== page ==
Youtube for Pole Dancers

If you are a pole dancer, you have probably spent a fair amount of time on Youtube, browsing pole videos, searching for new tricks, or getting inspiration for choreography. Youtube can be a very helpful tool to further your progress, or even just to get back in the groove if you’re feeling stuck or bored with what you’re doing. As someone who has spent way, way too many hours on Youtube over the last two years, I have picked up a few tricks that I want to share with you. (You can click on each image for a larger version.)

1. Use Playlists

YouTube For Pole Dancers

You might have added some videos to Favorites, intending to revisit them later, only to forget about them altogether. Playlists are the number one way to keep things organized on Youtube, and can be incredibly helpful when used correctly. You can choose to make a playlist private or public, so if you’re saving videos that you don’t want others to see, you can easily do that. These are some easy ways to get started:

If you are mainly using Youtube for choreography inspiration, make a playlist where you save your favorite routines, or make a couple so you can split the videos based on music style/tempo/difficulty level.

If you love looking for new tricks, create separate playlists for tricks, spins, floorwork, and maybe even one for those insane tricks you think you will never get to, but still want to remember as motivation and inspiration.

If you spend a lot of time working out at home, perhaps branch out and look at non-pole fitness videos, like strength and flexibility training, and make a playlist for those. (With the amount of good videos available on Youtube, you should never have to waste money on fitness DVDs!)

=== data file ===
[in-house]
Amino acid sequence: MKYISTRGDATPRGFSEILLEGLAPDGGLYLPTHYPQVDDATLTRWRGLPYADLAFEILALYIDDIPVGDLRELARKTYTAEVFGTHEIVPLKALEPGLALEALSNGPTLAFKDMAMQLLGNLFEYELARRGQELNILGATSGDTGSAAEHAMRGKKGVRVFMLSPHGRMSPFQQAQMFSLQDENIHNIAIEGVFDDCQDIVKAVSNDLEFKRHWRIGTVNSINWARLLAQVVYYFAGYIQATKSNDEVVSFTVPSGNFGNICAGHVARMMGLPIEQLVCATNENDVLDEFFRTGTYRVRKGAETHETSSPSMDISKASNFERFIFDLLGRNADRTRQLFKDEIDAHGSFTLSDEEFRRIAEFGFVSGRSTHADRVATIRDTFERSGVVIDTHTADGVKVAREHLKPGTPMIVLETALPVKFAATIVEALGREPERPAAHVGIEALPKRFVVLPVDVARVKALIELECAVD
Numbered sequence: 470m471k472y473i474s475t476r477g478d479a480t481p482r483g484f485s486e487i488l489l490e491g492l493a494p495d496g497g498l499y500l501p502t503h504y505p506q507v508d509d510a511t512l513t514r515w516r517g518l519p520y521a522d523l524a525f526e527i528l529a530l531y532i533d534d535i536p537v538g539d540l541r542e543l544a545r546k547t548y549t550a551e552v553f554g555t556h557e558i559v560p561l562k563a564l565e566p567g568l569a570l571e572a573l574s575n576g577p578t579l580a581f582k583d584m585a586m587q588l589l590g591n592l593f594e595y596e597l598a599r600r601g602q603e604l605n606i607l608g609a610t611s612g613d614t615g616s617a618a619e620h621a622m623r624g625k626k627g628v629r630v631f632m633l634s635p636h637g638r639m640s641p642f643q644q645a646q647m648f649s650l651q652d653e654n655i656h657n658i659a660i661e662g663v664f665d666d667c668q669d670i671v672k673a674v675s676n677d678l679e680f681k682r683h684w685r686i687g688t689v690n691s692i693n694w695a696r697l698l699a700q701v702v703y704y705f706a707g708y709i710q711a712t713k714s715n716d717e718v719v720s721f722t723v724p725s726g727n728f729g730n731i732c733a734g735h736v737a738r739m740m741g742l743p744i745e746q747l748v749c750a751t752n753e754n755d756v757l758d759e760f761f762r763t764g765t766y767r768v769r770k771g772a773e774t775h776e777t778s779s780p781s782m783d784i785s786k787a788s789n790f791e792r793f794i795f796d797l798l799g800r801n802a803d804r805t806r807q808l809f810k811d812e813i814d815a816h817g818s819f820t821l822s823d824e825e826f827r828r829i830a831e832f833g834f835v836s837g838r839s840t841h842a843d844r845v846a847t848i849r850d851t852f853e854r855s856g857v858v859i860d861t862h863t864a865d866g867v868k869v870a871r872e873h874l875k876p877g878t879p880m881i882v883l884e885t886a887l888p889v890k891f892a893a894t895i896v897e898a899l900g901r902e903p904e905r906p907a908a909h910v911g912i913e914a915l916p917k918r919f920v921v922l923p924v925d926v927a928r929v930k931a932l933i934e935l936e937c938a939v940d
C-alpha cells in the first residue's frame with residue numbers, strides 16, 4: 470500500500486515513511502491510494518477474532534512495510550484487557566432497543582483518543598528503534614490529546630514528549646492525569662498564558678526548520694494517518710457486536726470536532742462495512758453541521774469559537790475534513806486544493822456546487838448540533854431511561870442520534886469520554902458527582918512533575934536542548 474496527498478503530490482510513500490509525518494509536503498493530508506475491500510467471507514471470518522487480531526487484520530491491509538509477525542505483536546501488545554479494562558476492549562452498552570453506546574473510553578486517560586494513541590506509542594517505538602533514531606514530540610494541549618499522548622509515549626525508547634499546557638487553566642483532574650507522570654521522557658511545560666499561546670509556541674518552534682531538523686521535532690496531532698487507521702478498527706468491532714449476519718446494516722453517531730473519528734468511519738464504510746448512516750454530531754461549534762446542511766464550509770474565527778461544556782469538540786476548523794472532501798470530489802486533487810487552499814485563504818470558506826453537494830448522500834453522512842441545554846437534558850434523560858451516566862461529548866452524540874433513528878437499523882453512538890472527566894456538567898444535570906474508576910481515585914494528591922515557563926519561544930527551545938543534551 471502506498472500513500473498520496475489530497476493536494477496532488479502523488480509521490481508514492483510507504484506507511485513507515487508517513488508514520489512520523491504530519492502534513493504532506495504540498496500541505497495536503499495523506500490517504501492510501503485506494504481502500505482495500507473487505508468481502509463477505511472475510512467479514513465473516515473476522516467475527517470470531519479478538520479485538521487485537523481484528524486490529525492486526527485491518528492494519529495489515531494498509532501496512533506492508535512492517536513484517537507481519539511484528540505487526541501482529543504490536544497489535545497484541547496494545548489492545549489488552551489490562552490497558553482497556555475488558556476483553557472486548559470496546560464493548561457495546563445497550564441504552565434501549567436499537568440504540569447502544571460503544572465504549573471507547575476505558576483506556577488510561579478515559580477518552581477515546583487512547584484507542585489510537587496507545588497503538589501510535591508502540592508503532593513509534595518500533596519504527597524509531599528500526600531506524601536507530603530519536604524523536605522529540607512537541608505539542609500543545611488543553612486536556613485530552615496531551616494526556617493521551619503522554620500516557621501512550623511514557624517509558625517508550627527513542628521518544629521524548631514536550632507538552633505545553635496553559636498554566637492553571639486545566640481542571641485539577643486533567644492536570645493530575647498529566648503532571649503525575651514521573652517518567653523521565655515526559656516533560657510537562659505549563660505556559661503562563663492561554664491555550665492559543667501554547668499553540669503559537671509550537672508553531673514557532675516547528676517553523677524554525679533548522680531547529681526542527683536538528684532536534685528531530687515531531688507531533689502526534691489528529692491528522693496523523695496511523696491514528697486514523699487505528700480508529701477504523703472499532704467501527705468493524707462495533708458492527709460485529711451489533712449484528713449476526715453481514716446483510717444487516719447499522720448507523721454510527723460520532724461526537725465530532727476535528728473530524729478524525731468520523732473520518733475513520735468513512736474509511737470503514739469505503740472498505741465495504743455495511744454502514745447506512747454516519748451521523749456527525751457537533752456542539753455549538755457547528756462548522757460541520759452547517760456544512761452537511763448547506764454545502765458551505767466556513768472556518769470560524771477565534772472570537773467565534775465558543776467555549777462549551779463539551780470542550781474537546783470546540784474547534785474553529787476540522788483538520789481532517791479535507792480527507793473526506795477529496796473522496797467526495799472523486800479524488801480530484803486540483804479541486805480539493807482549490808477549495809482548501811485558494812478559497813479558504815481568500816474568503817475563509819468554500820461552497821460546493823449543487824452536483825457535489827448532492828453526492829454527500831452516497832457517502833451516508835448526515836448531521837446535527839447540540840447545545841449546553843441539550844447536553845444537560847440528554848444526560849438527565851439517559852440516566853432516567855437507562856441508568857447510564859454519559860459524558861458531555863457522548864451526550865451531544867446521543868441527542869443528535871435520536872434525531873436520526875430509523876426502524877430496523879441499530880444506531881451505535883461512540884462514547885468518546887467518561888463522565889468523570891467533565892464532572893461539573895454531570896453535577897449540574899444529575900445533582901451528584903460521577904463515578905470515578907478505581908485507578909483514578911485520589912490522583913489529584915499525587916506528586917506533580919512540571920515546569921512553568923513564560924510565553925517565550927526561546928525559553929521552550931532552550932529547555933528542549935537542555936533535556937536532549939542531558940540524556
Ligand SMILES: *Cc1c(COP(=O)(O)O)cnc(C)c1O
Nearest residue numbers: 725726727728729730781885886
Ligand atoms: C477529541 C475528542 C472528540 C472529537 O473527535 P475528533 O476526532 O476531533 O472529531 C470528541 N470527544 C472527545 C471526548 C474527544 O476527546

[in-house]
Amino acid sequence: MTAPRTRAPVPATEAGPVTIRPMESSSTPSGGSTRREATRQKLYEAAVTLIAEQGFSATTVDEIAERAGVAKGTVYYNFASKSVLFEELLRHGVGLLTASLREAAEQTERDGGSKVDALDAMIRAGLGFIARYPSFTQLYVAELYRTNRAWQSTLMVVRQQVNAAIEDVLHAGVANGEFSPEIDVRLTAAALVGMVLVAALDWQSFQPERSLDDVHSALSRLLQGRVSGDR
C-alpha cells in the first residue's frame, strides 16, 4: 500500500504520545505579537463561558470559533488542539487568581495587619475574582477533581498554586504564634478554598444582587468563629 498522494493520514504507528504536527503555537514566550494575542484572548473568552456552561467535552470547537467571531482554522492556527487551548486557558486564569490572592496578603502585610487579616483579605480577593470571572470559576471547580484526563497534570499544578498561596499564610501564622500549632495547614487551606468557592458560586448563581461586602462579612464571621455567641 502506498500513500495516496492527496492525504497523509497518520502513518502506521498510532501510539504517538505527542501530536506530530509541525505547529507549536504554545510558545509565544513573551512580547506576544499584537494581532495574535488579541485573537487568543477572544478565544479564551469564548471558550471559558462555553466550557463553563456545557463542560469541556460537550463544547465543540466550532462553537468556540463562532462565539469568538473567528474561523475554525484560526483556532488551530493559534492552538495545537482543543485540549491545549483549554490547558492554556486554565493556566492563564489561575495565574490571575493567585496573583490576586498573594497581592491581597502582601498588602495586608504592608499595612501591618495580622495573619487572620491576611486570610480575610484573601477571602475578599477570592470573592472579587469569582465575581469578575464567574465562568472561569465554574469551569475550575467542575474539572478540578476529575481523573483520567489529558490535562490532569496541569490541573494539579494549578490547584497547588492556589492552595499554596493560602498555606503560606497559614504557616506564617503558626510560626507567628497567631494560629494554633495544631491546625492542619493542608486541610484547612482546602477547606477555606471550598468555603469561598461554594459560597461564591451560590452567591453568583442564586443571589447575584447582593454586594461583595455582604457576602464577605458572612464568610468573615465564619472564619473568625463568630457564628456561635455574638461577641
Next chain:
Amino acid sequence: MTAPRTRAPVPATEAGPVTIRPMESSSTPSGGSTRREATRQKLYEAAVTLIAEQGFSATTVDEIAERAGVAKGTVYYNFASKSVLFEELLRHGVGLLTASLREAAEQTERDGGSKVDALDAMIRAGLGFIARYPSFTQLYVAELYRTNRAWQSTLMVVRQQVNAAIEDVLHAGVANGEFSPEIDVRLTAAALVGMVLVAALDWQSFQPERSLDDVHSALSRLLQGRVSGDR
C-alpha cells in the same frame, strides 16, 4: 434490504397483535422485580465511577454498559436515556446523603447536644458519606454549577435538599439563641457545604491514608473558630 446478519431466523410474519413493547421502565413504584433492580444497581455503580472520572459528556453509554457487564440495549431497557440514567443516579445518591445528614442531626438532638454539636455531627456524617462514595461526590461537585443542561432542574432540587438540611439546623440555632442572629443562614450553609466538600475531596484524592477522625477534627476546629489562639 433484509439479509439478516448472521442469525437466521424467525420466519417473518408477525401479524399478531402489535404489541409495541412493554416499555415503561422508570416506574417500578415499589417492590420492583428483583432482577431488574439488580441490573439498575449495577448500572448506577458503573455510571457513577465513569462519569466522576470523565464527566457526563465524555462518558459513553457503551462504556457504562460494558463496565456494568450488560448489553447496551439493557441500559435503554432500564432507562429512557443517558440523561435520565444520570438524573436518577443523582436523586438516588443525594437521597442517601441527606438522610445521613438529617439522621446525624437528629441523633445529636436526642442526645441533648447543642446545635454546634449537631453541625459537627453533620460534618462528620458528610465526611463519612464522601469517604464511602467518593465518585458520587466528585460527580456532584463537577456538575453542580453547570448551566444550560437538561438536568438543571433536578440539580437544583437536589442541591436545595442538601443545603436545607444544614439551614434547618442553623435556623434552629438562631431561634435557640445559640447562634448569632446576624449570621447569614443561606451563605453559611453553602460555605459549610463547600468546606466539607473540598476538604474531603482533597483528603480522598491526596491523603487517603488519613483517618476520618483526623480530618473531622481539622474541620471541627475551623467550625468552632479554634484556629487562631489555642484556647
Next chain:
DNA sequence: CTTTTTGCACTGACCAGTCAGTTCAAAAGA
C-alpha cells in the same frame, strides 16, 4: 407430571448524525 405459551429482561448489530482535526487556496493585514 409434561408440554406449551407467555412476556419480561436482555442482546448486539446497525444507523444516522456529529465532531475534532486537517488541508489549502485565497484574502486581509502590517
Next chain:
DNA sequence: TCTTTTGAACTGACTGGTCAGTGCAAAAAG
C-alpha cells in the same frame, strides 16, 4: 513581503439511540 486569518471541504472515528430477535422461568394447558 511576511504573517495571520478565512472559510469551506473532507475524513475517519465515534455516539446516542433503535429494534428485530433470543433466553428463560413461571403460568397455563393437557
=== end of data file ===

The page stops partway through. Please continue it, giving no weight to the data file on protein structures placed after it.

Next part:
2. Write notes on the videos you save

Youtube for pole dancers

If you are watching a video and find something you like, use the “Add to” function to add the video to a playlist of your choice. To make it easier to remember why you added the video to that list, add a note where you mark down what you wanted to remember (was it a specific spin you want to learn, or maybe just a good section of floor work?), and make sure to add the time this happened in the video. This way you don’t have to waste time later trying to remember why you saved a certain video, and since you have the timestamp noted down, you can skip straight to the good stuff next time you watch it.

3. Use the Watch Later function

Youtube for pole dancers

This is really a very simple tip, but I find myself using it all the time. If someone posts a video on Facebook or you come across something in the sidebar of Youtube or in your subscription feed and you don’t have the time to watch the video right away, press the little clock symbol in the bottom right corner of the video, and it will be added to your Watch Later playlist.

4. Subscribe to more channels than you think necessary

While I recommend for everyone to subscribe to the pole stars (Alethea, Jenyne, Marlo – all the big ones), it’s from the smaller accounts that I get the most inspiration, because as much as I would love to dance like Marlo, I need to watch dancers that are closer to my level. If you find a video you like make sure to subscribe to the user who uploaded it, and you’ll keep getting fresh new videos right in your home feed. Subscribing to people on Youtube is way less scary than friending someone on Facebook, so don’t ever worry about going overboard – everyone wants exposure, or they wouldn’t be on Youtube.

5. Don’t be afraid to comment!

There have been times when I have seen awesome tricks in videos, but not really understood how the dancer got into it, either because the angle was wrong, the lighting was bad, or because the dancer was just moving too darn fast for me to grasp it. If this happens, leave a comment on the video asking if the dancer could possibly explain the trick, or upload a video of the trick on its own. I’ve had several girls respond to my comments, which has lead to learning some cool new tricks (anyone remember The Lover from the April soiree last year?), and making pole friends from across the world. Youtube is a community, and 99% of the pole dancers who upload their videos are every bit as friendly, helpful and supportive as the ones we surround ourselves with at Vertical Fusion

Please leave a link to your own YouTube channel, or perhaps to some of your favorites!

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